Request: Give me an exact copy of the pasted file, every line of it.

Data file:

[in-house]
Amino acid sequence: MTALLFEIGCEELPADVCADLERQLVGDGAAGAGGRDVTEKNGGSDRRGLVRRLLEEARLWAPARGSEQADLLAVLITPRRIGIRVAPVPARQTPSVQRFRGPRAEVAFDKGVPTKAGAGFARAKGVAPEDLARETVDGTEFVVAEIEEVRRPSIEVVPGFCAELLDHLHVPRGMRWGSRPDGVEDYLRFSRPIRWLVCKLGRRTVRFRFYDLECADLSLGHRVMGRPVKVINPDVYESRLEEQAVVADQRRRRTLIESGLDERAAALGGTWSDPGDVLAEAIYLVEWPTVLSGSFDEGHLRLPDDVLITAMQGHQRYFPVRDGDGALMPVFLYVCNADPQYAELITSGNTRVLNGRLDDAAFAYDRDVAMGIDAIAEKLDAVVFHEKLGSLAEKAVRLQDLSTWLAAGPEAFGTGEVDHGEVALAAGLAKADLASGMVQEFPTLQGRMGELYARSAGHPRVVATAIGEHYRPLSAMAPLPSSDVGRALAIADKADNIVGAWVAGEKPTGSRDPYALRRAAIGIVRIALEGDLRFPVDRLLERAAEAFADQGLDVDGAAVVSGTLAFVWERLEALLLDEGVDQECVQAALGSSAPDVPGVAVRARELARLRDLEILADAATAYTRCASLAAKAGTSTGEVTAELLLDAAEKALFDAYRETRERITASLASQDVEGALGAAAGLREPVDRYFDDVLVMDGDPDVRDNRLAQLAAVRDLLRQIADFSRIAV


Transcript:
[in-house]
Amino acid sequence: MTALLFEIGCEELPADVCADLERQLVGDGAAGAGGRDVTEKNGGSDRRGLVRRLLEEARLWAPARGSEQADLLAVLITPRRIGIRVAPVPARQTPSVQRFRGPRAEVAFDKGVPTKAGAGFARAKGVAPEDLARETVDGTEFVVAEIEEVRRPSIEVVPGFCAELLDHLHVPRGMRWGSRPDGVEDYLRFSRPIRWLVCKLGRRTVRFRFYDLECADLSLGHRVMGRPVKVINPDVYESRLEEQAVVADQRRRRTLIESGLDERAAALGGTWSDPGDVLAEAIYLVEWPTVLSGSFDEGHLRLPDDVLITAMQGHQRYFPVRDGDGALMPVFLYVCNADPQYAELITSGNTRVLNGRLDDAAFAYDRDVAMGIDAIAEKLDAVVFHEKLGSLAEKAVRLQDLSTWLAAGPEAFGTGEVDHGEVALAAGLAKADLASGMVQEFPTLQGRMGELYARSAGHPRVVATAIGEHYRPLSAMAPLPSSDVGRALAIADKADNIVGAWVAGEKPTGSRDPYALRRAAIGIVRIALEGDLRFPVDRLLERAAEAFADQGLDVDGAAVVSGTLAFVWERLEALLLDEGVDQECVQAALGSSAPDVPGVAVRARELARLRDLEILADAATAYTRCASLAAKAGTSTGEVTAELLLDAAEKALFDAYRETRERITASLASQDVEGALGAAAGLREPVDRYFDDVLVMDGDPDVRDNRLAQLAAVRDLLRQIADFSRIAV